What I’m reading
A few new books to recommend for summer reading before summer ends.
Divine Vintage: Following the Wine Trail From Genesis to the Modern Age [Joel Butler and Randall Heskett] is, as its title states, an encyclopedic narrative of the story of wine from its misty origins at the dawn of time. The authors trace wine’s appearance on the human scene from pre-Biblical days, basing their history on archeological and other physical evidence, and then turn to Biblical exegesis to explain the Noah story of the planting of the vine, followed by wine’s steady penetration of Jewish culture. Then they trace wine’s path through ancient Greek and Roman societies, and end with an amusing chapter: Seriously, What Wine Would Jesus Drink? [You’ll have to read it to find out.] It’s a good book, a little dry, but packed with scholarly information. Joel Butler is one of the first two Masters of Wine in the U.S., and an old friend of mine. Randall Heskett is a Ph.D biblical scholar and president of Boulder University. Read their book for a solid background on wine’s role as nurturer of the culture.
Pairing with the Masters: A Definitive Guide to Food & Wine [Ken Arnone and Jennifer Simonetti-Bryan]. I can hear you thinking, “Oh, no, not another wine and food cookbook!” Well, yes…and no. It’s laden with recipes that are more conventional than exciting (tandoori chicken, cheese ravioli, beef bourgignon); if your library resembles mine, you probably have a dozen cookbooks with the same recipes. But what makes Pairing fun and useful is its treatment of wine. The authors recommend one wine for each dish [moderately priced and relatively easy to find), but they devote considerable energy to explaining just why that particular wine works so well, so that if you can’t find it, you have enough information to substitute something similar. For example, they recommend a Cantravelli Taurasi Riserva for grilled lamb chops with mint emulsion. I might not have the time to look all over town for this Italian Aglianico, but reading that the chops want a wine that’s “full-bodied, dark fruit (blackberry), earthy, grilled meat flavor, gripping tannin, slightly rustic,” I might choose a dry, cool-climate California Syrah. Surely that wouldn’t lead to disaster?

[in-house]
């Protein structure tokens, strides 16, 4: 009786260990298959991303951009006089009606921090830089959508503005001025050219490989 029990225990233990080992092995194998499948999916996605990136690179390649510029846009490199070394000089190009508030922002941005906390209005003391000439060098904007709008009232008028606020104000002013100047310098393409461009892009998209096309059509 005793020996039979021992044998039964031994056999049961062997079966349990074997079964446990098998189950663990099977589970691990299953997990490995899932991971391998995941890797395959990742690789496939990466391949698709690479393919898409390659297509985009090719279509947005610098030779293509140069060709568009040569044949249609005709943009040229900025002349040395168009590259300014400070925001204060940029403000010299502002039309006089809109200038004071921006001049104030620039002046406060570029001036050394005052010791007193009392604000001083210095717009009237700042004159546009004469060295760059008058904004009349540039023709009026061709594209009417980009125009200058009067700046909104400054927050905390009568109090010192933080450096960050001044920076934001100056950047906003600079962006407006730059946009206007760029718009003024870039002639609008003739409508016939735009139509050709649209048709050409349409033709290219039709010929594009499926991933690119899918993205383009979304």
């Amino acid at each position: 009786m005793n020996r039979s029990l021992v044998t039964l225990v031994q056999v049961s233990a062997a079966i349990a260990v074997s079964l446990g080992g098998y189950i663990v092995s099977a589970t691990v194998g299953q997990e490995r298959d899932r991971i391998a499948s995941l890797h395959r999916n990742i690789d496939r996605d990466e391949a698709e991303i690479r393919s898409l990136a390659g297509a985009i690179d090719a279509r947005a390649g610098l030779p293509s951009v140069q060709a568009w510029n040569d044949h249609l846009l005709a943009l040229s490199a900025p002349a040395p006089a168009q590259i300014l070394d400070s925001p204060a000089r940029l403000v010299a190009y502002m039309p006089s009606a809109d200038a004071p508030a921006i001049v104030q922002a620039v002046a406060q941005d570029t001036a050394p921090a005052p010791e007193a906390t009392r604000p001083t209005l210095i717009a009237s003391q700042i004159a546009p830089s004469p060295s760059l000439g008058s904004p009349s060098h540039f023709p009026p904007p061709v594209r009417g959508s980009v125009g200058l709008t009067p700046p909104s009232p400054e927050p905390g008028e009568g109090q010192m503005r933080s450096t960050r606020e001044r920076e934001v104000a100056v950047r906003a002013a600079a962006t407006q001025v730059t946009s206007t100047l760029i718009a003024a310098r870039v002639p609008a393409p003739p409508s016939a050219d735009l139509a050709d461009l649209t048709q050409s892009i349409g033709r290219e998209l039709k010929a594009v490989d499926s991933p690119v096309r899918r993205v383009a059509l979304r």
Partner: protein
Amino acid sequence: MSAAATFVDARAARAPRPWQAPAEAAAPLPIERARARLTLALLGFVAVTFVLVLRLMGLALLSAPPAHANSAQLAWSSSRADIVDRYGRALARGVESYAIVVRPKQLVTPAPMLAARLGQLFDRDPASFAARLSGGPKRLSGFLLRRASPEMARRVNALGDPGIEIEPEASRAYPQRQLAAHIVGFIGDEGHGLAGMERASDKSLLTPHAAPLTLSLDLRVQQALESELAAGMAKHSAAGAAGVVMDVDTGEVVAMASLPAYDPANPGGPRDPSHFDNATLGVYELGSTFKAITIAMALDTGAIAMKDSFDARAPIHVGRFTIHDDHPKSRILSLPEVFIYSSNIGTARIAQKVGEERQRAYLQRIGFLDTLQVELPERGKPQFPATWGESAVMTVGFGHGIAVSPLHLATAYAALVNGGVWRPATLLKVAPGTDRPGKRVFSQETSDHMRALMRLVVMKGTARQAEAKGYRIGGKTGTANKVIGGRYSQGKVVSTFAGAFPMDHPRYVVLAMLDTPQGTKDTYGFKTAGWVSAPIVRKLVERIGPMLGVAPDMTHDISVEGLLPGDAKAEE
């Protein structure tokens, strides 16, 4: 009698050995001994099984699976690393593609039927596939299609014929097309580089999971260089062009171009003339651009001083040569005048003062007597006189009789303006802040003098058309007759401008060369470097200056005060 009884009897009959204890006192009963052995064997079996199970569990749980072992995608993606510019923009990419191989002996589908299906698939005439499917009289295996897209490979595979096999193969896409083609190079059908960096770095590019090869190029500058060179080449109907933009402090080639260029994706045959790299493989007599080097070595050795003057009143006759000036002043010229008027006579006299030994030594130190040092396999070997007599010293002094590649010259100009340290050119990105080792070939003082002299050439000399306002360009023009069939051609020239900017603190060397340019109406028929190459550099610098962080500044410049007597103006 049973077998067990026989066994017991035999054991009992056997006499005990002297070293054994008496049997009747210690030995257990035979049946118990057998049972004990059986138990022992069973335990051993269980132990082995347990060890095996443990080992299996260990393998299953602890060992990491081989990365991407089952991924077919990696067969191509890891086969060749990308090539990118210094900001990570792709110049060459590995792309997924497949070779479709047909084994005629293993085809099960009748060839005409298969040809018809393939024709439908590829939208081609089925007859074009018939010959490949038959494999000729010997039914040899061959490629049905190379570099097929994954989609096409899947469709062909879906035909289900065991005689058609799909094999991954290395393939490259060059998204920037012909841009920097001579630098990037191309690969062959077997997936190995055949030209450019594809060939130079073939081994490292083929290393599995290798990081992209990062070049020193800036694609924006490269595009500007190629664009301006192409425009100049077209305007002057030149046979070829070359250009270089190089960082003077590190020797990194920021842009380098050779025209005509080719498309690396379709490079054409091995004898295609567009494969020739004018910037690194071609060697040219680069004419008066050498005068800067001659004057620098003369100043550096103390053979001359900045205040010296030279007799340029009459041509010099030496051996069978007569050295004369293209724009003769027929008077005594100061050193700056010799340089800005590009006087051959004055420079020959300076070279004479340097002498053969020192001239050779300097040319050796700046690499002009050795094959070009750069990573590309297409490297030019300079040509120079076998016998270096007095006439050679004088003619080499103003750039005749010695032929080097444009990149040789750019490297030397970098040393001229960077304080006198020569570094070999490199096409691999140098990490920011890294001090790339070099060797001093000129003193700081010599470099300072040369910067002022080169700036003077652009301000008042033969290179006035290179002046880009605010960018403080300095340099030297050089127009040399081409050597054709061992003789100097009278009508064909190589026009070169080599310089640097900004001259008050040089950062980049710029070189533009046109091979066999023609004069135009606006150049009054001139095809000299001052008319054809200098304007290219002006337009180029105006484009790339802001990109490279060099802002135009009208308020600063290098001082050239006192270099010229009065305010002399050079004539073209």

The authors also do something I’ve never seen before: they pair each dish with several wines that didn’t work, and explain where things went south. With the lamb chops, Washington Merlot and California Chardonnay are no-no’s because they clashed in some way with the food. The Chardonnay, they write, worked well on several layers with the lamb, but ultimately “the dish and the wine end up canceling each other out.” That’s an interesting take on wine and food pairing. Ken Arnone, by the way, is a Certified Master Chef (whatever that is), while Jennifer Simonetti-Bryan is a Master of Wine.
I’ll mention also Doug Shafer’s new reflection on the story of Shafer Vineyards, A Vineyard in Napa. Some great personal histories here of his Dad, John Shafer, himself and the inimitable Elias Fernandez, everybody’s favorite winemaker (I gave him and Doug a chapter in my second book, New Classic Winemakers of California). And, when I have a chance, I’ll try Amarone: The Making of an Italian Wine Phenomenon, just out from The Wine Appreciation Guild.
Never stop reading! (And I don’t mean tweets.)